ENGL359C - Special Topics in Lesbian, Gay, and Bisexual Literatures: Queer Comedy
Syllabus:
Section(s):

Comedy is always queer, challenging conventional perspectives, turning our attentions to the unexpected, and turning the expected and accepted on its head, as it were. In this course, we’ll be asking what counts, then, as “queer comedy”? Though we will make extensive use of the world wide web throughout the semester, especially at the beginning, WWW stands for Witty Women Writers—bold, wry, playful, challenging “women” (both actual females and males in drag) who use humor to facilitate more full expression and more effective protests, and to foster positive change. Feminist comedy is especially resonant with queer comedy and so will serve as part of the foundation for investigating queer comedy.  Especially important for our course of study is that queers, women, and other groups traditionally regarded as minorities or disfranchised have long used humor to contest rigid and repressive orthodoxies in the hope of resituating their own relationship to society as a whole and thus transform society, or at least their relation to and status in society.  Such use of humor will center our critical inquiry.  We will explore by reading and rereading, from the page and from screens (of computer, cinema, and television), selected works from centuries of transatlantic literature and artistic performance. Though they are not quite like Wanda Sykes or Margaret Cho (whom we will examine), we will read writers such as Emily Dickinson, Gertrude Stein, Allen Ginsberg, Essex Hemphill, as well as examine the work of a number of gay comedians, and Whoopi Goldberg, Lucille Ball, Mary Tyler Moore (!), Lily Tomlin and Jane Wagner, and Ellen Degeneres as we rethink customary divisions between high and low, public and private art and artistic performance.  Queer cartoonists such as Alison Bechdel and Howard Cruse are also likely to be part of our “mystery ride” through queer comedy. Issues of race, gender, ethnicity, sexuality, disability, and class will inform our critical inquiry.  If you don’t see a comic or writer on this list whom you’d really like to study, email me and make a suggestion. Two papers, an oral presentation, a final, and an appreciation for the importance of having fun required.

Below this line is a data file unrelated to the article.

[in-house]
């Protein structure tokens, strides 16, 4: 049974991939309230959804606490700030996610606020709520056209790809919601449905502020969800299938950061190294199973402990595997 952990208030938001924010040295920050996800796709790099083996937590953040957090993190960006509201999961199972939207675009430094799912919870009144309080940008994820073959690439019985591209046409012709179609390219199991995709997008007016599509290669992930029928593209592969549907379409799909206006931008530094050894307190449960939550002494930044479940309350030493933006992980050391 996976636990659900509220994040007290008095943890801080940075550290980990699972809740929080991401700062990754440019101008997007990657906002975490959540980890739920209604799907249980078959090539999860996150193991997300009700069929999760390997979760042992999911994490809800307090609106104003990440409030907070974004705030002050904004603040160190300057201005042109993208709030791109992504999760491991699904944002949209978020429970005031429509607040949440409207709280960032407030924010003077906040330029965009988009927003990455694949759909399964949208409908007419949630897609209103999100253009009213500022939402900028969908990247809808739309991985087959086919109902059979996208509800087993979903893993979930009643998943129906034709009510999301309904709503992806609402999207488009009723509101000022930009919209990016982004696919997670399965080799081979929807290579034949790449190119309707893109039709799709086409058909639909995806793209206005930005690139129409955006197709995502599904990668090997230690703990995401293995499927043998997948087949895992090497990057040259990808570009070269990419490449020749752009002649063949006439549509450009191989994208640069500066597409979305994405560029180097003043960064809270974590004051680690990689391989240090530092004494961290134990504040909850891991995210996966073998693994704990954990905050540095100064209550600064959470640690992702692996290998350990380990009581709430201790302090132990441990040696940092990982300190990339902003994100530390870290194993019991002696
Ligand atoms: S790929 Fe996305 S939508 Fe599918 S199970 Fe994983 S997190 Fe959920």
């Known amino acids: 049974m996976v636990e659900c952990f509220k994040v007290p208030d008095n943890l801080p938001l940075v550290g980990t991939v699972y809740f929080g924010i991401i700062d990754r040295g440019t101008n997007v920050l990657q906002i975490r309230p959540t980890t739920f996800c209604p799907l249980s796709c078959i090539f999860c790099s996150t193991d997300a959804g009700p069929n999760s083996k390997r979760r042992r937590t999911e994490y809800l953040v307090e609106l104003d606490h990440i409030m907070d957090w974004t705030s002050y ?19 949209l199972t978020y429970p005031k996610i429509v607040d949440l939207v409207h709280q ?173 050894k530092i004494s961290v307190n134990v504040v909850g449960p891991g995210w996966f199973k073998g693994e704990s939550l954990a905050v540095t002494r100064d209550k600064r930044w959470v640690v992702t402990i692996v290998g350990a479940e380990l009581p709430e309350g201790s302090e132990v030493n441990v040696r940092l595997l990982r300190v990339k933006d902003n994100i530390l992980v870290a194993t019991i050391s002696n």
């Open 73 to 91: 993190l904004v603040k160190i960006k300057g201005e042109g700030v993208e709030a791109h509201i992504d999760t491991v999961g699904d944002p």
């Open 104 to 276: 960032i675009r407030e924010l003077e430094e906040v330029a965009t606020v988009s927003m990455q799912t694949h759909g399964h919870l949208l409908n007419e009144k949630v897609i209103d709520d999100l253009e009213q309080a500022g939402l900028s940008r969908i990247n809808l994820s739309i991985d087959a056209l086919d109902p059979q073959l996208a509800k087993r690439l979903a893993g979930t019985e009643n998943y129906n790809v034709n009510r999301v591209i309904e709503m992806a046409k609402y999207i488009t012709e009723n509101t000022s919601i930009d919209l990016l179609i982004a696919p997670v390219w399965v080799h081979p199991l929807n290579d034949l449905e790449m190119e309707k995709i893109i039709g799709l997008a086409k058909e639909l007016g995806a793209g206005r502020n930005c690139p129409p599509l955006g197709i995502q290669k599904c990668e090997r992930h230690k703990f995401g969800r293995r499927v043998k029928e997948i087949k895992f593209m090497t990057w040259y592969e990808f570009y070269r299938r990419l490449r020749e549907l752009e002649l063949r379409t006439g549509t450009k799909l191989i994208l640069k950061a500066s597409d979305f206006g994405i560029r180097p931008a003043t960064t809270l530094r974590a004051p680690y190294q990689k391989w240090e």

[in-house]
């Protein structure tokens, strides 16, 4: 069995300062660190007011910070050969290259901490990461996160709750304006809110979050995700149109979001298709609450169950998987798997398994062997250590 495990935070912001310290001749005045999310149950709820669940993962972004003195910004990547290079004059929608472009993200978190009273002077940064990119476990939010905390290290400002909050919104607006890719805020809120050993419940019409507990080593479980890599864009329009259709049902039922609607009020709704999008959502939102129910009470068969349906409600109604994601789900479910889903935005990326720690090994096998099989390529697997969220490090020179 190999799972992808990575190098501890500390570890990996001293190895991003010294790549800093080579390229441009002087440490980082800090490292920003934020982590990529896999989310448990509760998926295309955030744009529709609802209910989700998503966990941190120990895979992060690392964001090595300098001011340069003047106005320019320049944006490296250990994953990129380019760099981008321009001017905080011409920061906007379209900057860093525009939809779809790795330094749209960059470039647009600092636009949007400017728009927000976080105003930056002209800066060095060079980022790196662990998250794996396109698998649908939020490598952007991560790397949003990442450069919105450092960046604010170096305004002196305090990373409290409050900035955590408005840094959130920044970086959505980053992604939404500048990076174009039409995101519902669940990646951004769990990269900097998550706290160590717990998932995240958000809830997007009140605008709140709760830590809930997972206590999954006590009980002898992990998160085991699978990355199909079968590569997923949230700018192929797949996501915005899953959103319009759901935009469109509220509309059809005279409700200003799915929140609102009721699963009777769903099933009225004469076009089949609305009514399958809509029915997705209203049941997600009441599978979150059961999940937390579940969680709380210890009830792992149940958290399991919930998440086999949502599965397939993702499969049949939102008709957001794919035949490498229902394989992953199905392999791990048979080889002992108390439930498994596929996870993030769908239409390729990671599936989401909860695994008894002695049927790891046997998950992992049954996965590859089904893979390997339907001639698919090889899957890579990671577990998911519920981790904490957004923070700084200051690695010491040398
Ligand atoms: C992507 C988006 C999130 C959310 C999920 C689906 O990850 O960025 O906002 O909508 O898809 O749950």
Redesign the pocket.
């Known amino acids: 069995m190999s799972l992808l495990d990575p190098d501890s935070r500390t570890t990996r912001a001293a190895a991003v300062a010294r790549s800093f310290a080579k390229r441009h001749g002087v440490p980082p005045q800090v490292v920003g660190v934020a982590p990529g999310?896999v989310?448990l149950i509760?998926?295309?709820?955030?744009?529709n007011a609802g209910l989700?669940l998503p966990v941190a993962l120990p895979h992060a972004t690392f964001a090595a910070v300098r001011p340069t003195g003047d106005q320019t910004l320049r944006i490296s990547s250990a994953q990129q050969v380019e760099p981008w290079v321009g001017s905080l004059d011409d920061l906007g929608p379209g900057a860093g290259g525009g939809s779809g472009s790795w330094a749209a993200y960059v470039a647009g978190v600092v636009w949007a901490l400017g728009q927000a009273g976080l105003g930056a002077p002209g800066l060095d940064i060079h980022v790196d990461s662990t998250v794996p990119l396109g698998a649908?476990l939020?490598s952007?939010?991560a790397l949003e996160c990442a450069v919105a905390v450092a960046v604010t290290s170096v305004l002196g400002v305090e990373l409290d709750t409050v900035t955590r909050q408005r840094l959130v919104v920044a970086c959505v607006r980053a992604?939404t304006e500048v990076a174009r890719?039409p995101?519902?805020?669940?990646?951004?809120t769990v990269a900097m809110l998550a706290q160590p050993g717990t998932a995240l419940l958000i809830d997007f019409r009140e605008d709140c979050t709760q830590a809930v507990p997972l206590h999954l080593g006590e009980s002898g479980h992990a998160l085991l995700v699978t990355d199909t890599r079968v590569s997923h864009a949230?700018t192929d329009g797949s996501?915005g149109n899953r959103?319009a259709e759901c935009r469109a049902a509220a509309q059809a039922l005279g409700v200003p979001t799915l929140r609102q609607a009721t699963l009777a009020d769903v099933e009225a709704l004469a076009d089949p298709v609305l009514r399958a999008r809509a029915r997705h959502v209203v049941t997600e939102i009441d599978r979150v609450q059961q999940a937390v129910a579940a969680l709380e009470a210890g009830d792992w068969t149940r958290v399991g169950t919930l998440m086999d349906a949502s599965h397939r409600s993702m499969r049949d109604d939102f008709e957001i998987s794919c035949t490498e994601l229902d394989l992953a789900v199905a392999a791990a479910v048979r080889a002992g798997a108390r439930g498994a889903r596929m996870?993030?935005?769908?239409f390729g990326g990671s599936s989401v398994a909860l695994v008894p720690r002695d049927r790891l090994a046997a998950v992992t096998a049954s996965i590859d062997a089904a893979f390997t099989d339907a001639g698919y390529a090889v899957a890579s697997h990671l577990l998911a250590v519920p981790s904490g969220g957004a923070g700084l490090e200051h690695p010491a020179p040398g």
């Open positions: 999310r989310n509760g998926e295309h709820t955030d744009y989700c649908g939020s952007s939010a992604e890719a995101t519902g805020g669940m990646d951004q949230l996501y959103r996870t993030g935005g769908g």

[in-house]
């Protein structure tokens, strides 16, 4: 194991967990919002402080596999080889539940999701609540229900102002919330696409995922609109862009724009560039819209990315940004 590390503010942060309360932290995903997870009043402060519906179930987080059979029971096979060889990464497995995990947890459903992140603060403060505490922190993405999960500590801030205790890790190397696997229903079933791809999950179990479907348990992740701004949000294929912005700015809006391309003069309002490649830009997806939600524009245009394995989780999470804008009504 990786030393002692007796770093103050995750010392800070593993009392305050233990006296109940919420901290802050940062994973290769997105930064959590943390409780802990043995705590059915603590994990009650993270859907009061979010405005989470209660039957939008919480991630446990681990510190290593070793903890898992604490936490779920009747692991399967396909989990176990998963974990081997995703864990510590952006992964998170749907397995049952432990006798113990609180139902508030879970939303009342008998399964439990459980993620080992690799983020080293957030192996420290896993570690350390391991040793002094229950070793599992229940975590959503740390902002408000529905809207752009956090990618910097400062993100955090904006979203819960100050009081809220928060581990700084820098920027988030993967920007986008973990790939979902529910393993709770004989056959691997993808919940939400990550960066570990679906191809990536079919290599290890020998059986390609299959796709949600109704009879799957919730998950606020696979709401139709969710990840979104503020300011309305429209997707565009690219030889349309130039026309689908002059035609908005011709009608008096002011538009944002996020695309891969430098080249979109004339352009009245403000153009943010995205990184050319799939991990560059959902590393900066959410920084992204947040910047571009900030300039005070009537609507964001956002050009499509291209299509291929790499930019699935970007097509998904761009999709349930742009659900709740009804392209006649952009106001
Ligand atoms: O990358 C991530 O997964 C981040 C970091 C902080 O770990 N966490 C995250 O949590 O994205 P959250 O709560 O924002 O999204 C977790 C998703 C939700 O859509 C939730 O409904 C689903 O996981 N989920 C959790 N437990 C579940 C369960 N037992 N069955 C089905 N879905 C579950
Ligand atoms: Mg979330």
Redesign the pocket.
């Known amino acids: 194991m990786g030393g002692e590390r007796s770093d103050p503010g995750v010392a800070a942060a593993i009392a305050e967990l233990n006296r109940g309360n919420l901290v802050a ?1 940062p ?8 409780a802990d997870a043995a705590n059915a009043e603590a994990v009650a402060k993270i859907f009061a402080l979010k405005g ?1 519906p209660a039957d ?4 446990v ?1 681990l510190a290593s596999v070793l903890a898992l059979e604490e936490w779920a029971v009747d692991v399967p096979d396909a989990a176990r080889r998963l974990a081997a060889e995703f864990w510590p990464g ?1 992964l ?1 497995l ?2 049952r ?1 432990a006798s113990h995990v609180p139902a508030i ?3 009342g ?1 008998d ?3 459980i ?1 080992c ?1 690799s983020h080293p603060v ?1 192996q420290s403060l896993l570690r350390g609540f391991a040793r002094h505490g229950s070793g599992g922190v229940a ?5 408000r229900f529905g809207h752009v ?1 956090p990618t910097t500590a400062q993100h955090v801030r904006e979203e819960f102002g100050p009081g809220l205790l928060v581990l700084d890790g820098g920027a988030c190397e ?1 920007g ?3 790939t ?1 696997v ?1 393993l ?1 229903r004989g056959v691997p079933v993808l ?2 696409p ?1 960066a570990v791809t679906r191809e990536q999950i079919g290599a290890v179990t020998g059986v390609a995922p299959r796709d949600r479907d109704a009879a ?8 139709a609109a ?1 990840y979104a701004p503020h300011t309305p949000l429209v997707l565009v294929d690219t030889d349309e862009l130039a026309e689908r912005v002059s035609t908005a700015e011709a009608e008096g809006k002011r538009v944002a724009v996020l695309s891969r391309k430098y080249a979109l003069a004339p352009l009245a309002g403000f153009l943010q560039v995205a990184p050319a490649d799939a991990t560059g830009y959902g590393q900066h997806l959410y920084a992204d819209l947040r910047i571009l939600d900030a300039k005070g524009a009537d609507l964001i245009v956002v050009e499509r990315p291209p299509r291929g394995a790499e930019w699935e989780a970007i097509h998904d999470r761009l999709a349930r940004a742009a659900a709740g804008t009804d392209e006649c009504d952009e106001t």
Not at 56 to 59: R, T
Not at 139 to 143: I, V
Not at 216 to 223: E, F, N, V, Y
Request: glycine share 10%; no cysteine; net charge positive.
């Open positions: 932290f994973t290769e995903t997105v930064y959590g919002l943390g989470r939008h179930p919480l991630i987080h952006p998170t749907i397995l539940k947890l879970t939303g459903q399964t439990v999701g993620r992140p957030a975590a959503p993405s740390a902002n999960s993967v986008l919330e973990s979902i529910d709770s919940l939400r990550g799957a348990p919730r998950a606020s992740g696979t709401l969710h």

Repeatable to 9 credits if content differs.

Prerequisites: 

Two lower-level English courses, at least one in literature; or permission of ARHU-English department.